My internet provider is out and they tell me, after 45 minutes on the phone with someone in India, that it must be something on my end in the wires or the modem (mind you, these are the wires and modem that THEY provided and installed). They'll be happy to send a technician for $199 plus if the modem is faulty they'll provide a new one for $149. This is after 25 years of resisting ALL of the 'come to us' offers from other companies. I said "no thank you" and I'm researching other providers. So in the meantime, I'll use the library and write off-line. But if I don't get a chance to visit your blogs as often as normal, I apologize! Here's my 3 word! If you want to participate, go to Quilly's blog to get the scoop!
“So Alice,” began Brian, as he folded a towel warm and fresh from the dryer.
“Yes?” answered his sister.
“Do you think it’s possible I’ll ever feel about someone else the way I felt about Marina?” he asked.
“Probably not just like you felt about her,” came the answer. “It will be different, not better or worse probably, but different.”
“I feel stagnicolous,” Brian said, “like I can’t see my way free to something new or different. Yet I feel disloyal even thinking about moving on.”
Alice raised her eyebrows, “stagnicoulous? Brian, you’re beginning to sound as highly educated as you are!” He grinned sheepishly, “yeah, well I can’t let you get all the encyclopedia points with the parents.”
Alice, paused for a moment. “So speaking of encyclopedia points, do you want to drive out there this weekend? Mom is baking pies.”
Brian answered, “I’m just not ready. They’re so sad about Marina and how tragic they see my life being. It’s not exactly tension, but there’s an anxiety in the air with them, like they’re afraid I’m going to make my tragic life even more tragic and they’ll have to witness its tragic decline. I don’t like them invigilating me.”
“Whoo-whee, Brian! That’s two multi-syllabic words! What’s going on with you?” Alice marveled.
He shot back, “what’s wrong with a little upgrade in my vocab? You’re not the only smart one in the family. I happen to have a new friend who likes to play with words. She throws them at me and I have to figure out how to use them. You’re the only other person I know who recognizes them as words! The guys at work make jokes about it. The other day I told Denny that his impression of Steve Martin doing King Tut was risible. One of the other guys, Fidelo, said “Salud!” Denny just told me I sounded like a jerk. I asked Denny what he meant and he said he thought I sneezed and in Spanish they say “Salud” for “Bless You!” I don’t think Denny knows enough to comprehend whether I was insulting him or complimenting him. I’m beginning to understand how your use of words gives you pleasure and a little feeling of power.”
Alice, like the older sister she was, homed in on the only important part of what Brian had just told her. “You have a new friend who is a girl who gets you to expand your vocabulary because you like feeling smart?”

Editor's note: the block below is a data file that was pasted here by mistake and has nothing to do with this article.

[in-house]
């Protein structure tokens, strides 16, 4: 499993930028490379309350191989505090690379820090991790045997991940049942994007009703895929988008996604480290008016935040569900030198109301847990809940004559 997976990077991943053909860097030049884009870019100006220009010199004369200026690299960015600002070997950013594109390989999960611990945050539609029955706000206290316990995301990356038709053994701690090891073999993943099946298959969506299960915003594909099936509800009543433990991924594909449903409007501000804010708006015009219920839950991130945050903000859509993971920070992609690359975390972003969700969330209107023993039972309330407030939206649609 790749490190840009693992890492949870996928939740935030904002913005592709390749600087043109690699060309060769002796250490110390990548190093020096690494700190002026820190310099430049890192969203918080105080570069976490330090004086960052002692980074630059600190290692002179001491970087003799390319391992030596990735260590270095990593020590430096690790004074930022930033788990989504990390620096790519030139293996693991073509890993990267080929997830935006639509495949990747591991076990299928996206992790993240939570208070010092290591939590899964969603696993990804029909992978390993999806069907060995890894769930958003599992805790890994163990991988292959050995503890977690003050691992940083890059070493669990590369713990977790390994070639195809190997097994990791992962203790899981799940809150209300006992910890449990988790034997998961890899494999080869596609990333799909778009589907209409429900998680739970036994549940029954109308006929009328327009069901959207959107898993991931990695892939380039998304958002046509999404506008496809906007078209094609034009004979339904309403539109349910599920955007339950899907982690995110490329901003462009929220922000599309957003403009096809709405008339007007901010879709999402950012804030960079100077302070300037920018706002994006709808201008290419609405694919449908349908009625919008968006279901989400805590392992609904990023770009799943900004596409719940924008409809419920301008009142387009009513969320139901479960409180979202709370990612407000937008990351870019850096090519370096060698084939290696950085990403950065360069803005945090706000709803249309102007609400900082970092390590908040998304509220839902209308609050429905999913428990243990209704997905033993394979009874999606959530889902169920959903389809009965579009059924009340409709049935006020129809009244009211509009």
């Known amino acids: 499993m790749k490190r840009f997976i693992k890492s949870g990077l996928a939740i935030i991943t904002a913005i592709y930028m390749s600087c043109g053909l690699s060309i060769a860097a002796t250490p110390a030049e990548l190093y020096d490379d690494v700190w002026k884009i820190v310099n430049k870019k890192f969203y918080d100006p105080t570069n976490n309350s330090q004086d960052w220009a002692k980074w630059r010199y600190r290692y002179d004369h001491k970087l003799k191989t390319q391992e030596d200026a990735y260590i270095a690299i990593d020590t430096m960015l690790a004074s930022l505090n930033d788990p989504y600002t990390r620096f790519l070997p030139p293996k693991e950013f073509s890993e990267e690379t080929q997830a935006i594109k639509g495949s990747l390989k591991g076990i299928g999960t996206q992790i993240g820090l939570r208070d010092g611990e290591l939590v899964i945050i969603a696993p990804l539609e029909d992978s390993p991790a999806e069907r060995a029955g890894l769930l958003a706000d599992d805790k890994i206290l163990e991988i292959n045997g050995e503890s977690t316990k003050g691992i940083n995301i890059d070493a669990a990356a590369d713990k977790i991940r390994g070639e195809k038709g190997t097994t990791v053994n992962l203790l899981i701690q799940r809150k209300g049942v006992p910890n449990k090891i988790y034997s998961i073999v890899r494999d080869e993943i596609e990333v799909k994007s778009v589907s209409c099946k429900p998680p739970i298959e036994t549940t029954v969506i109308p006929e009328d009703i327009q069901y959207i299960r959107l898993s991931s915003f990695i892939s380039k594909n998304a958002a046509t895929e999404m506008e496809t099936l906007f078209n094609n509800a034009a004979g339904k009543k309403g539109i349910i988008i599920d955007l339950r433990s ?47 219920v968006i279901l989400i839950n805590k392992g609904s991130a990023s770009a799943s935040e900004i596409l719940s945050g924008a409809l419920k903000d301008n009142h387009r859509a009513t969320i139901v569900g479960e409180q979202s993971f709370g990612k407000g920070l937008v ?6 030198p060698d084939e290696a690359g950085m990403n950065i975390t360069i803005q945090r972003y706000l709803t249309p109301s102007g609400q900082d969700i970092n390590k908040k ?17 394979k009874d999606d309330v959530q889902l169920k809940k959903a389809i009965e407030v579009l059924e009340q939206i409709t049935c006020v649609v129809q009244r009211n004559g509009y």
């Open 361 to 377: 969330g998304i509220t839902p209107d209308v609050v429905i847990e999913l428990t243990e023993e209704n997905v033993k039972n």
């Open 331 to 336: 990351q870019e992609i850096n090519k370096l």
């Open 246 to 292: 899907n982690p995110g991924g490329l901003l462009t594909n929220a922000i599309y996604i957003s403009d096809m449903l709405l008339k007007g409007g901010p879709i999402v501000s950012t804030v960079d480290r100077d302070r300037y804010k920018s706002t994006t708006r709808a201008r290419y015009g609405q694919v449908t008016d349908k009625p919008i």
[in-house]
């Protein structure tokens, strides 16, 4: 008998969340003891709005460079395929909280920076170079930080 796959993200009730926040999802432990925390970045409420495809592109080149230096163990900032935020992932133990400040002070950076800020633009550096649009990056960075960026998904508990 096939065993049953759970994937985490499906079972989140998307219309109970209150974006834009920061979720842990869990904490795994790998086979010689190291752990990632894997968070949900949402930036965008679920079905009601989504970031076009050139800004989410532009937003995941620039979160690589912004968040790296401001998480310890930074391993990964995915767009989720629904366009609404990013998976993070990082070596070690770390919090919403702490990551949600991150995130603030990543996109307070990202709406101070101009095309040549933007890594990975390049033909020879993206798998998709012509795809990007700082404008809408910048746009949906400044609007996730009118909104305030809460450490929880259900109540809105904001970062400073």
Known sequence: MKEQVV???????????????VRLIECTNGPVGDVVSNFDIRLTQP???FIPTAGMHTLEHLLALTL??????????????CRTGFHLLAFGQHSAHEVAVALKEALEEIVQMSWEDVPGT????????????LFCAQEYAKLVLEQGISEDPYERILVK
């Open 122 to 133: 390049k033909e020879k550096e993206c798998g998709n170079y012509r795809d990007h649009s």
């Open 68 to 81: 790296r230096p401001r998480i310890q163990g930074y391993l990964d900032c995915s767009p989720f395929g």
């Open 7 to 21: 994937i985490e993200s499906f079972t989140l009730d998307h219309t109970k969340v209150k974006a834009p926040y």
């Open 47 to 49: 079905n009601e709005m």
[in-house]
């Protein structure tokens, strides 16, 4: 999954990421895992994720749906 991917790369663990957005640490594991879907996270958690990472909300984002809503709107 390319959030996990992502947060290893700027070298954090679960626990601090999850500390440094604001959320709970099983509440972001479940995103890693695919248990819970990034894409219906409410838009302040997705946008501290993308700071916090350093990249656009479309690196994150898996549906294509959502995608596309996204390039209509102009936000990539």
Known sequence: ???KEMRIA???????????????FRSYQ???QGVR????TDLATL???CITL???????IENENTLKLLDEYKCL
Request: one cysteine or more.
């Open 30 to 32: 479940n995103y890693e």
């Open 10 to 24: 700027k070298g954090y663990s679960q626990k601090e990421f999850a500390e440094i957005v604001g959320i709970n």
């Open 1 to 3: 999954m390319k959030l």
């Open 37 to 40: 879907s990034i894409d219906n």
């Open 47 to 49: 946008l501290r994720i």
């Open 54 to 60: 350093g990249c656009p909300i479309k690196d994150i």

Brian’s jaw dropped, “how do you do that? How do you laser in on the only part of the discussion that involves a relationship?”
“Oh, it’s a relationship now? That’s okay if it is; I’m just trying to discern what’s going on here. Maybe you should be doing something else on a Wednesday evening than having your sister over to help you with laundry!” She grabbed a towel off the newly folded stack and threw it at him.
“Hey, I just folded that!” he exclaimed. “Don’t jump to conclusions. She’s just a friend.”
Alice smirked, “does she have a name? Or does “Vocabulary Woman” suffice.” Brian just ignored her and went over to turn on a ball game.
“Okay, if you’re going to watch ESPN, I’m going home. I have papers to grade anyway. I’m going to drive out to mom and pop’s on early on Saturday. They have new puppies in the barn and mom’s baking pies. If you want to catch a ride, call me Friday. If you want to take your new friend out there . . . “
Brian whirled around, “No! And don’t tell them about her! She’s a friend! That’s all! Jeez, Alice, why can’t you let things alone?”
Alice recoiled as if struck. Don’t react. Understand where this is coming from. He’s afraid. “Okay, sorry. I was just teasing. I see it’s not a laughing matter for you. Not a word to them. I’ll bring you back a pie. I’m going now.”
She gathered her purse and jacket and moved toward the door. Brian turned toward her. “Umm . . . are you sure you don’t want to stay? We don’t have to watch ESPN.” She smiled, “if a sister can’t forgive you for being a guy, who can? I’ve got to get going anyway. See ya!”
As she drove away, Alice smiled. It would be good for Brian to start looking outward again. As she pulled onto Boulevard Avenue the little train of thought crossed her mind again, “what a stupid name! Like it can’t make up its mind. Will it be a really big street or a small one?” She heard the first notes of Rhapsody in Blue start up indicating her cell phone was ringing. Punching the answer button, she said, “this is Alice.”
“Alice, you have to come back. The police are here. They say they need to re-open the investigation into Marina’s death. Alice, they want to search my house and take me down for questioning,” Brian’s voice sounded understandably panicked. “I’ll be right there,” she told him as she pulled a u-turn at the next cut-in. “Do not say anything other than my attorney is on her way,” she added. Five minutes later she pulled up in front of Brian’s building and five minutes after that she was in the detective’s face, furiously demanding, “what on earth are you thinking?”